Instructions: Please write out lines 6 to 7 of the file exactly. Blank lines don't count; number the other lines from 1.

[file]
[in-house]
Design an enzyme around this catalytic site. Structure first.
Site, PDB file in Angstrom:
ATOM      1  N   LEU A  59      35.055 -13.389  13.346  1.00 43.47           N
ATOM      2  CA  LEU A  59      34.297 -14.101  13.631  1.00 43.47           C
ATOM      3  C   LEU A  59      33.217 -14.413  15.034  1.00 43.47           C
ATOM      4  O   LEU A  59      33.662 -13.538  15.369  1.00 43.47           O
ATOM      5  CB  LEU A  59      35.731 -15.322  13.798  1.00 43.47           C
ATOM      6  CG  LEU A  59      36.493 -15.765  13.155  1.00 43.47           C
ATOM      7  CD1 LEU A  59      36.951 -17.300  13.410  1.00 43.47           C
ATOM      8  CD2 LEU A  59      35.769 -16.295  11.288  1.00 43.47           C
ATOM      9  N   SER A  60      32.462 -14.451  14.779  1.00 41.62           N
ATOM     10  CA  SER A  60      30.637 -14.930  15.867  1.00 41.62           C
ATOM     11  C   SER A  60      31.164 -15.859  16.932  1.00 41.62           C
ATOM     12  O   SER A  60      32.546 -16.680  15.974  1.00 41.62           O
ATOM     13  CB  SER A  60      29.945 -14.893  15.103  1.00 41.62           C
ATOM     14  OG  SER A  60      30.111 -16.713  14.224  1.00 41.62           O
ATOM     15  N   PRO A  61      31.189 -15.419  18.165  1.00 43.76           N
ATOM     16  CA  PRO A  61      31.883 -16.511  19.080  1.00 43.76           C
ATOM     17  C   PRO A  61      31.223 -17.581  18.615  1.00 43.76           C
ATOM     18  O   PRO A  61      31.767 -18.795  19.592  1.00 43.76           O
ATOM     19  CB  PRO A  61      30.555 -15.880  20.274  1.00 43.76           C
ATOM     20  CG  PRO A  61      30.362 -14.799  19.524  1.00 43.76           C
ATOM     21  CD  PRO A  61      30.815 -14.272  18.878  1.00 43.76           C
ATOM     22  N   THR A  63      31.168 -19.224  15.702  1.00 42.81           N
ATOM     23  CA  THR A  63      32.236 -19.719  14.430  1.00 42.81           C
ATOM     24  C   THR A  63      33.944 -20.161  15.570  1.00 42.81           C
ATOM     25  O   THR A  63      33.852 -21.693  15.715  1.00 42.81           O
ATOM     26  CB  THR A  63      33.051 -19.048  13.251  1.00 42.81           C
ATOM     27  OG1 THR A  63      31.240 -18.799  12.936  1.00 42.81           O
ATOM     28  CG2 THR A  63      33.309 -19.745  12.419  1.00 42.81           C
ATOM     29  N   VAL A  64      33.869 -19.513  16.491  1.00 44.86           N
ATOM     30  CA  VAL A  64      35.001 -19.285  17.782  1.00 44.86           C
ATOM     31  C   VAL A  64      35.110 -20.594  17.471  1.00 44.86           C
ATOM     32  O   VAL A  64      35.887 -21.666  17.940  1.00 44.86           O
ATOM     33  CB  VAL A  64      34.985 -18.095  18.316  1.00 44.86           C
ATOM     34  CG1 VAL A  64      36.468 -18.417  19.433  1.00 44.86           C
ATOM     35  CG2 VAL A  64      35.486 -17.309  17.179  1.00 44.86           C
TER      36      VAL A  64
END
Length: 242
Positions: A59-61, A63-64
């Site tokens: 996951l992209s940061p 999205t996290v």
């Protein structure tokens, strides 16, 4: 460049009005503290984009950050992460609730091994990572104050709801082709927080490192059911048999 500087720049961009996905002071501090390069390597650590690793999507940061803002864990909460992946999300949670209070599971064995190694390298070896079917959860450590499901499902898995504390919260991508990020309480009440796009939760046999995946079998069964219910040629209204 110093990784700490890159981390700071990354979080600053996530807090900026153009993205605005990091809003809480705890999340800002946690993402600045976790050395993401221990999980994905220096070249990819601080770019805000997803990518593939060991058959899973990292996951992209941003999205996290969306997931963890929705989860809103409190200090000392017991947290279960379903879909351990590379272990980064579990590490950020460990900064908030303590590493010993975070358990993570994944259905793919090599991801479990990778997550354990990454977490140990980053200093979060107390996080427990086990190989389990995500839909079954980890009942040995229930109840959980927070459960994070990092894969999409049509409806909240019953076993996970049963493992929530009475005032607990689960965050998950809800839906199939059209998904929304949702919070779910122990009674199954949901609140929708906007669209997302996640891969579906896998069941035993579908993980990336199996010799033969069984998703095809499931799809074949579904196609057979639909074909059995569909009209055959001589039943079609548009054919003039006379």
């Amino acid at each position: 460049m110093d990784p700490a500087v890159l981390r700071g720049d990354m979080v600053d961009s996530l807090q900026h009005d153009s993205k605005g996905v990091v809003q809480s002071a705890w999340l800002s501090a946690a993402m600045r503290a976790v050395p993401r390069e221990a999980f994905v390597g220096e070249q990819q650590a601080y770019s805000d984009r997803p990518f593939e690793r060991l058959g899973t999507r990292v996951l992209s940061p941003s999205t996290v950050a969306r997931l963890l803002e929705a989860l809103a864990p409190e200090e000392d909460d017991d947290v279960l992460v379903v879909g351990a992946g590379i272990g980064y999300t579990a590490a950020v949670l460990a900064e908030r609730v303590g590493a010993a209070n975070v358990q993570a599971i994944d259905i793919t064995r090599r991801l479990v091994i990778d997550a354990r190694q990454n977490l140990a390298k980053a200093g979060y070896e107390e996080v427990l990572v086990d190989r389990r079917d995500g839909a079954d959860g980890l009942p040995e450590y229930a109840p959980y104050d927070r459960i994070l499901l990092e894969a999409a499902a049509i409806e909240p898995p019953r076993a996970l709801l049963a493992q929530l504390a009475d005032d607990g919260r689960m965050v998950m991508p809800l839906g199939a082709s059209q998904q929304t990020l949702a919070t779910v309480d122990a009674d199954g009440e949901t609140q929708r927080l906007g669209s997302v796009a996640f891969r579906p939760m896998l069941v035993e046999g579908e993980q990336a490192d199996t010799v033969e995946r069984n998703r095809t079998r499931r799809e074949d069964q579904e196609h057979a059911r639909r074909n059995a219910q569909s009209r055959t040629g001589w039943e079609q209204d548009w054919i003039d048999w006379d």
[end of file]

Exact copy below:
ATOM      3  C   LEU A  59      33.217 -14.413  15.034  1.00 43.47           C
ATOM      4  O   LEU A  59      33.662 -13.538  15.369  1.00 43.47           O